What are the Healthiest Foods?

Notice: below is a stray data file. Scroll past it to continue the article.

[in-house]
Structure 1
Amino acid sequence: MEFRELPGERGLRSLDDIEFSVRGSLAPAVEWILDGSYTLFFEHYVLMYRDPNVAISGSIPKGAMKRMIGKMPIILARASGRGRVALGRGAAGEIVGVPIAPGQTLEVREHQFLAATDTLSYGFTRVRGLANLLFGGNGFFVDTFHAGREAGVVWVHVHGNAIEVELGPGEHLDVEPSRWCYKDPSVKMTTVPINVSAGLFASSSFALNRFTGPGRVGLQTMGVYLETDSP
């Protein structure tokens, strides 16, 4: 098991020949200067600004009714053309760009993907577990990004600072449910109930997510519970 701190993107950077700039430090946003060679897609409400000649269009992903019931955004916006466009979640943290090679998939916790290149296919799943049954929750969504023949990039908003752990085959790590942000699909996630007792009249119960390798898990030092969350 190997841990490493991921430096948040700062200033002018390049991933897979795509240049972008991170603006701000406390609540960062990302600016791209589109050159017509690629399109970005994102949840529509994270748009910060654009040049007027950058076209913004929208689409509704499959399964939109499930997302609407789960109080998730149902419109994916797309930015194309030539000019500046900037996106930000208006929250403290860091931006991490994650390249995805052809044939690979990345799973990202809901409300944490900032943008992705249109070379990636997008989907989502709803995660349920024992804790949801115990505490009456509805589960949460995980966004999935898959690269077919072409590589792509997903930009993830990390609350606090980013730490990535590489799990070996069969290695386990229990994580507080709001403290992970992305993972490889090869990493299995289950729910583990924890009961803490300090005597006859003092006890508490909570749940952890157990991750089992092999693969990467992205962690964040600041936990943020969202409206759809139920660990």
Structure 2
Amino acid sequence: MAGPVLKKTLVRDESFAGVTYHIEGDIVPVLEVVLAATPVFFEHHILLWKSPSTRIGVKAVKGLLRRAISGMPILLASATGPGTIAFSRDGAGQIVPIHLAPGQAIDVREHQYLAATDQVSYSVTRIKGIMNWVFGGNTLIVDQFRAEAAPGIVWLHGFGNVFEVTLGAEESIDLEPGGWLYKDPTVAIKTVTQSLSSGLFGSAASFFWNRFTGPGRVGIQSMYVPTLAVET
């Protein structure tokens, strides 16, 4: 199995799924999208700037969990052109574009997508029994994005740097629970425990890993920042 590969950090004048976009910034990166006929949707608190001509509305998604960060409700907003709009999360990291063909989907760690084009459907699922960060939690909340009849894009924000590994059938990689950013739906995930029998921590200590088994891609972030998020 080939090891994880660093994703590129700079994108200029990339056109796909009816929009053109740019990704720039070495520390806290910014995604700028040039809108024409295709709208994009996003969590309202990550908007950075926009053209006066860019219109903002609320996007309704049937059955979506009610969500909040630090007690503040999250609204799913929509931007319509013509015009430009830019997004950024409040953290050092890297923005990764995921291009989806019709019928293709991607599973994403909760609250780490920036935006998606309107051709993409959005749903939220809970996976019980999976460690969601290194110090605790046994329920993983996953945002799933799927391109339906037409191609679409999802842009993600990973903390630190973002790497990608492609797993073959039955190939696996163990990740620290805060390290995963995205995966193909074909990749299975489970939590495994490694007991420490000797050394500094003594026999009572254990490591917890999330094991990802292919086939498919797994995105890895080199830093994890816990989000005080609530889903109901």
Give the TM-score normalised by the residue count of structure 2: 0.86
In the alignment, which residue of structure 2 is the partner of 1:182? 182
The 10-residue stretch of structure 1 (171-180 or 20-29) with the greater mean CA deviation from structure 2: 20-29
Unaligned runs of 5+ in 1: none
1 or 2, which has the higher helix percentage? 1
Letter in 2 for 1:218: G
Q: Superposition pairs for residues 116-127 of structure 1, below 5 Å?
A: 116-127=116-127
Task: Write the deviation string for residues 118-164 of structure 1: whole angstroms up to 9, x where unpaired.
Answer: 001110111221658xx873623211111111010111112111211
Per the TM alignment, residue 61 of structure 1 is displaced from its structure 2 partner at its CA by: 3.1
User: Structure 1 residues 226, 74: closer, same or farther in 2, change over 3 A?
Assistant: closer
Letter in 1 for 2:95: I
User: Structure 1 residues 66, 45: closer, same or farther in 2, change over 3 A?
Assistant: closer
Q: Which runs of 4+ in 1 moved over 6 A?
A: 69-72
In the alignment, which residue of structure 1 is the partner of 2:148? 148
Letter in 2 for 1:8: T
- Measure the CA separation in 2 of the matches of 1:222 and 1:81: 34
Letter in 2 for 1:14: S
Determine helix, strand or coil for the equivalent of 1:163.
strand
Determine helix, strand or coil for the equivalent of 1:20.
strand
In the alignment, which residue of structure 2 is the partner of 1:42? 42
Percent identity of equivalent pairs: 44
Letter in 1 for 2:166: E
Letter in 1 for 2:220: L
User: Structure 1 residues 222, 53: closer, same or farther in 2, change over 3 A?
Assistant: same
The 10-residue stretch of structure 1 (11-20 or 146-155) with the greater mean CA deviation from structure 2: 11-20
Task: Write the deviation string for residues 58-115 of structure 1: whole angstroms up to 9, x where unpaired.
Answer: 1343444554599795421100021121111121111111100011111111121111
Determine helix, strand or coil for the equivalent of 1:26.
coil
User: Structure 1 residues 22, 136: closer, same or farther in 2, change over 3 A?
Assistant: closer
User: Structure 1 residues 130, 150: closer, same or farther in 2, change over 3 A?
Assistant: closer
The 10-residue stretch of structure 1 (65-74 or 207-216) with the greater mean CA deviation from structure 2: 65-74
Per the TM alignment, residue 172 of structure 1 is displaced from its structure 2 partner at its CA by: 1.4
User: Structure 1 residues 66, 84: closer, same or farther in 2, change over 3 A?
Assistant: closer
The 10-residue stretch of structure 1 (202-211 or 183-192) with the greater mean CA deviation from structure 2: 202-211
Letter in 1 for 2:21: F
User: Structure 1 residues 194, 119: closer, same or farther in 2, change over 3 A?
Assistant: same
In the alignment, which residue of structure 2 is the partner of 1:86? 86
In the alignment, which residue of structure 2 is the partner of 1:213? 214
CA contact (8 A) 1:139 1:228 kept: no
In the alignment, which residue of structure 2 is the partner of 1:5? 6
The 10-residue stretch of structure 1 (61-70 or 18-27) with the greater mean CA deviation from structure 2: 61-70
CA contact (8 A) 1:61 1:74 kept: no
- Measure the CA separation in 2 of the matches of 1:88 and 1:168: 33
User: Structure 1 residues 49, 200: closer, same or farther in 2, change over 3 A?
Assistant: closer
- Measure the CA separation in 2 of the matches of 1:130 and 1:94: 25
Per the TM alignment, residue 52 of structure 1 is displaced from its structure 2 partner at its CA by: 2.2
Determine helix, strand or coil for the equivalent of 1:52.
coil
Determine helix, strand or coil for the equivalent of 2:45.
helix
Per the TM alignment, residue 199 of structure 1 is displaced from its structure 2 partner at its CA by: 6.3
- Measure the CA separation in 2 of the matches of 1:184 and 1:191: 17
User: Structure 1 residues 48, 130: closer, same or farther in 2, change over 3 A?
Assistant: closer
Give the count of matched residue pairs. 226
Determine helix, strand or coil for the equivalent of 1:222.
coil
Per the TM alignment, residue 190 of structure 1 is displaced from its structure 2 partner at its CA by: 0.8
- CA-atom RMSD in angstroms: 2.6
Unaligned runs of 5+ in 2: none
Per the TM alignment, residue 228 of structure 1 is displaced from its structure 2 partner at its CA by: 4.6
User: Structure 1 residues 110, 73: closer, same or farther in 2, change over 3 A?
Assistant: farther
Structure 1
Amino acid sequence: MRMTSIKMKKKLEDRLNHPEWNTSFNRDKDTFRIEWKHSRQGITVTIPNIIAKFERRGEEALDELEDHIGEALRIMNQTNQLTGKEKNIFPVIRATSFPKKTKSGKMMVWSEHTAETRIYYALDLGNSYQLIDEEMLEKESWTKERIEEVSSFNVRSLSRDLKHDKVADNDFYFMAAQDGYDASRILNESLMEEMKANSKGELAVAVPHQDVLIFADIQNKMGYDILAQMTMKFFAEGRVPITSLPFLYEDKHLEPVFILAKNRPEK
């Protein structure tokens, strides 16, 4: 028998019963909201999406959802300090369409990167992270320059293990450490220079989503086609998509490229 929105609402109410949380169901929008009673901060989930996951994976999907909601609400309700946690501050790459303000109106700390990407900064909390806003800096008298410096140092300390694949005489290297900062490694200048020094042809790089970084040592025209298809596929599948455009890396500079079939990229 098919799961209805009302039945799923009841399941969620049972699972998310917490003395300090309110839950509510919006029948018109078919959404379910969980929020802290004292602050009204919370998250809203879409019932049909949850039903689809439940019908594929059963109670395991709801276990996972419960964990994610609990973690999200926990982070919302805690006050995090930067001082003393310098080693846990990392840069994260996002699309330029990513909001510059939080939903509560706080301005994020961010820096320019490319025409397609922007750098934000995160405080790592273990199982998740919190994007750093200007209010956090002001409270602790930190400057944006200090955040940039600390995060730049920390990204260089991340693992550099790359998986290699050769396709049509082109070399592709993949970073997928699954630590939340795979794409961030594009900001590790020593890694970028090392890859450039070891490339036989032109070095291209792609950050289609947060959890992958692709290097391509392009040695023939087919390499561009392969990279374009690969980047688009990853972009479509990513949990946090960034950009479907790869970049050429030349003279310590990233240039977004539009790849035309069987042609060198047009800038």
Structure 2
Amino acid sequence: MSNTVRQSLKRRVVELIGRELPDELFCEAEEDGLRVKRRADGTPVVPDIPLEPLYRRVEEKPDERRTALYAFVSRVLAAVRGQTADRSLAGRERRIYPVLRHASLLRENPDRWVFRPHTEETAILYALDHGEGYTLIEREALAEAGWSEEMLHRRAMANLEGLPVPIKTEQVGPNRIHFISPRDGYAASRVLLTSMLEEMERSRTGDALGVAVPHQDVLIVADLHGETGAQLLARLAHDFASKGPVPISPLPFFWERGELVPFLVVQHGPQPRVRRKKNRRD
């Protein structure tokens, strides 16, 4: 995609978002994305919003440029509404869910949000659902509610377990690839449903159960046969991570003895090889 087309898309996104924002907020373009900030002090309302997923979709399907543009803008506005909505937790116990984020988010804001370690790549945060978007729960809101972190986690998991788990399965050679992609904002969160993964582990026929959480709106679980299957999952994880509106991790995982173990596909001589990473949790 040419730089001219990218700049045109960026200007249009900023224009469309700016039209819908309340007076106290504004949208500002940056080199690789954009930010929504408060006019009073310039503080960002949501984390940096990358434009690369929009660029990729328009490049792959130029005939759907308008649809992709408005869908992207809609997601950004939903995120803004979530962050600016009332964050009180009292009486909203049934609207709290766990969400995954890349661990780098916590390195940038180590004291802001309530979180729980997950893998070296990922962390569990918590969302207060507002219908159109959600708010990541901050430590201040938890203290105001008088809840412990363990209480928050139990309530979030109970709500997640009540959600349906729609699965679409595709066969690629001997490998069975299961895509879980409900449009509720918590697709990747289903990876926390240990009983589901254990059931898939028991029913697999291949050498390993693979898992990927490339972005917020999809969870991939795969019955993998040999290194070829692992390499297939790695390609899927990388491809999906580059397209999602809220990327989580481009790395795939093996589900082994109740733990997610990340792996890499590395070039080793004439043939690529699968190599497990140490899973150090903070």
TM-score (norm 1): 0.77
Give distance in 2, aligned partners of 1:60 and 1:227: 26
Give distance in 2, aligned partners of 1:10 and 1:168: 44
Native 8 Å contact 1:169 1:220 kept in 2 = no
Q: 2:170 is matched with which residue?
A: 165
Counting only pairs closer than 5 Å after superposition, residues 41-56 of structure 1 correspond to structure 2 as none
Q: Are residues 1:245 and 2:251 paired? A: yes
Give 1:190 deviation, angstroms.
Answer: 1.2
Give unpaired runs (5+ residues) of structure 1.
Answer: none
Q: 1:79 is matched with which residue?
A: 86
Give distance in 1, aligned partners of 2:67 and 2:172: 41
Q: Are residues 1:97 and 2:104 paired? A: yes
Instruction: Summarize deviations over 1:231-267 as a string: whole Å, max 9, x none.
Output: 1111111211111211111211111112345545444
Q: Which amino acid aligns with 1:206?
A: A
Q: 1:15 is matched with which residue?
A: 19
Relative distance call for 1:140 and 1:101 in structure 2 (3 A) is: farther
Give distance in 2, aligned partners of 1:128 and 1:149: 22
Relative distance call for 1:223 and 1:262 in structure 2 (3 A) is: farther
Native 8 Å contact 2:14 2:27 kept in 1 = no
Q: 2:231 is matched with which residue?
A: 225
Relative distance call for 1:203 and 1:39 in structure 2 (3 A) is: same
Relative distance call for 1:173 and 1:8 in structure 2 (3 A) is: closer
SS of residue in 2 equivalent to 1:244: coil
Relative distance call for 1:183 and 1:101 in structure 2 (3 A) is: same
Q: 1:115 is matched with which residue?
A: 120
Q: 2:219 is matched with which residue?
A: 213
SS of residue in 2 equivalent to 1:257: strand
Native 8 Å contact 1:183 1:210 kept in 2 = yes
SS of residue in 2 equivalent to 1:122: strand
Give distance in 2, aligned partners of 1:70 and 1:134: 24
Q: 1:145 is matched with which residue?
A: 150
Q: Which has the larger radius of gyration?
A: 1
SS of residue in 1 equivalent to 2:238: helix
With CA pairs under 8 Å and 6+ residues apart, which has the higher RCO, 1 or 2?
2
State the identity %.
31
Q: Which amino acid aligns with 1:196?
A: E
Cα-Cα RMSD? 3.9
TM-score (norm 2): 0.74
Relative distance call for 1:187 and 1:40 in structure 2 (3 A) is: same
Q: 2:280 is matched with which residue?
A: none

the latest Dietary Guidelines the 2015 guidelines won’t be out probably until January 2016 have a chapter on food components to reduce but when they say things like reduce intake of solid fats major sources of saturated and trans fatty acids what does that mean in terms of which foods to reduce similarly there’s a chapter on nutrients we should increase our intake of so-called short fall nutrients but when they say we need more magnesium for example what does that mean in terms of actual food let’s look at 20 different types of foods to see based on the federal guideline criteria which foods are the healthiest and which foods are the least healthy to illustrate I’ll use traffic light labeling like the UK sound signpost system which assigns colors for like green meeting go yellow amber meaning caution and red meaning stop and think before you put it in your mouth added sugars is easy anyone could have guessed sweets and soda but there’s often surprising levels even in savory snack foods like Ritz crackers which I’m using as my snack example the top 5 offenders are basically soda donuts kool-aid ice cream and candy next is caloric density calories per serving we’re oils join dessert and process snack foods as the worst the one cannot consider eggs fish nuts and seeds poultry other meat or soda to be low calorie foods the top 5 sources of calories in the American diet a–basically desserts bread chicken soda and pizza can you guess where our cholesterol is found desserts dairy eggs fish chicken and other meat number one by far is eggs but then chicken contributes more cholesterol to the American diet than beef then cheese and pork here are the foods high in saturated fat coming from Dairy Dairy donuts dairy chicken salt levels highest in lunch meat and snack foods but Americans give most of their sodium from bread chicken and pizza about half of our food groups here have trans fatty either naturally or artificially added or created cakes cookies crackers pies and Donuts number one then animal products margarine french fries chips and microwave popcorn now to the nutrients Green is a high source pale green as a medium source and white is a poor source for calcium fiber magnesium potassium vitamin A vitamin c vitamin d vitamin E and vitamin K okay I know that was a little fast let’s put it all together okay now this is nutrients per typically 100 grants about three and half ounces but that’s not how our body keeps track of what we eat the body’s food currencies and calories not grams our body monitors how much energy we eat not how much weight we eat weight of food we only have about what 2,000 calories in the calorie bank to spend every day so to maximize our nutrient purchase we want to eat the most nutrient-dense food so I just changed this from nutrients per weight to nutrients per calorie the foods are just listed here in alphabetical order to look for trends so we can kind of rank them based on these scores from best to worst so the foods to emphasize in one’s diet are unprocessed unrefined plant-based foods which in general lack the disease promoting components and as the Dietary Guidelines Committee putted these foods contain not only the essential vitamins minerals but also hundreds of naturally occurring phytonutrients that may protect against cancer heart disease osteoporosis another chronic health condition so this chart actually extends far to the right hundreds of additional bright green columns capturing all the phytonutrients found in whole plant foods but largely missing from processed and animal-derived foods there would just be hundreds more white columns here in the middle with a few green tiles far off at the end and the lack of disease preventing compounds may be compounded by the presence of disease promoting compounds so that’s why people eating more plant-based tend to end up eating a more nutrient-dense dietary pattern closer to the current federal dietary guidelines and the more plant-based we get apparently the better you